A glimpse into the mind of ON Ambassador Marshall Alford!
1. So Marshall, give us a brief synopsis as to how you became so involved in the outdoor world.
As I sit in the Nantahala Forest Office writing this interview on my lunchbreak, I reflect on the series of outdoor experiences that have shaped not just my career aspirations and current position with the US Forest Service but contemplate how they have shaped me as a person. I think that a connectivity with the outdoor world has exposed me to a state of mind, an inner peace which is rare in this modern world. It has also fostered an independence of mind, body, and soul that I rely on in the frequent challenges of life. I feel my time navigating the woods and backcountry has calibrated an internal compass that helps guide me through life. I began my outdoor adventuring very young because both my parents were very competent outdoorsmen. We often lived in rural communities with access to public land because my parents worked for land management agencies like the Bureau of Land Management as wildland firefighters. Access was readily avaliable and made even easier by the good fortune to have horses. I began riding very early because while I was young, I couldn’t walk 20 miles into the backcountry but I could ride that far without being too much of a burden to keep my dad from chasing elk through the mountains. At 12, I was old enough to hunt for myself and we began doing even more trips to hone the skills of hunting. Around the same time, I began to be more active in my scouting troop. Over the next few years, I went on many group camping trips and volunteered to build trails along continental divide in the Colorado rockies. These experiences brought me in touch with federal agencies, particularily the Forest Service.
2. How do you recreate in the outdoors? How has this changed over time?
I most frequently interact with the outdoors on a daily basis as part of my job but that isn't as interesting as why I recreate in the outdoors. While my modes of access have evolved through my life from backpacking and hiking to horseback riding and working for the Forest Service, the one constant has been the venue. I am always drawn to the forests. For me, it isn't simply the preserved scenic attractions the National Park Service offers, it is the remote and functionally conserved corners of the woodlands and backcountry. Every outdoorsman after spending some time outside discovers that one landscape that speaks as if you are the only person to have ever set foot there and when I truly found that place, it became a lasting connection that inspires and directs my outdoor activities. I intend to continue that relationship with the land in a way that will secure its' avaliability for others to have a similar relationship. It is a leave no trace ethic but the way I stumbled into understanding it drove its significance deeper than any class could hope to. So while some things about how I recreate in the outdoors are important and easy to share, the significance comes from why I recreate in the outdoors. The latest change is the desire to share that reason why because it brings meaning and purpose to venturing out into an unknown and threatening environment. In short, I recreate in the outdoors to know myself and I would like others to recreate outdoors to know themselves. That is why I volunteer with the Outdoor Nation.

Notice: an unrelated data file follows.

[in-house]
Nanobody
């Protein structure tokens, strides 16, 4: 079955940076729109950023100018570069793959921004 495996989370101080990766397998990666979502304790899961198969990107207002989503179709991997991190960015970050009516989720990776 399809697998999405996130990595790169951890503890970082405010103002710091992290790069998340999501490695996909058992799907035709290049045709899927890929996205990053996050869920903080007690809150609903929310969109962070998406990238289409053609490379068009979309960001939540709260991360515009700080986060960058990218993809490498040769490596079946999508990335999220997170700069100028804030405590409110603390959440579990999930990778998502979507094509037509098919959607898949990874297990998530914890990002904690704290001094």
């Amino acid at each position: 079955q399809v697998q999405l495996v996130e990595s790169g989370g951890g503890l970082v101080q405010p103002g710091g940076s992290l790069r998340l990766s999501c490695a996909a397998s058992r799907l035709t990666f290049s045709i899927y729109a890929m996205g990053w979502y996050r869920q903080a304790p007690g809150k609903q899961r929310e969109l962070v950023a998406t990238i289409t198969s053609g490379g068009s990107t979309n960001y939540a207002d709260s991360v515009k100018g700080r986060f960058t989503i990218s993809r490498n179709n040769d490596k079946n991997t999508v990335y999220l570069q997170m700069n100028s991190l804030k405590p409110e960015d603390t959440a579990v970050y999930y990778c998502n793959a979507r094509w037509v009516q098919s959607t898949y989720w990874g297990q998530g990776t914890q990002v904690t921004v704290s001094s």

3. Are there any special strategies you use to engage other youth in the outdoors?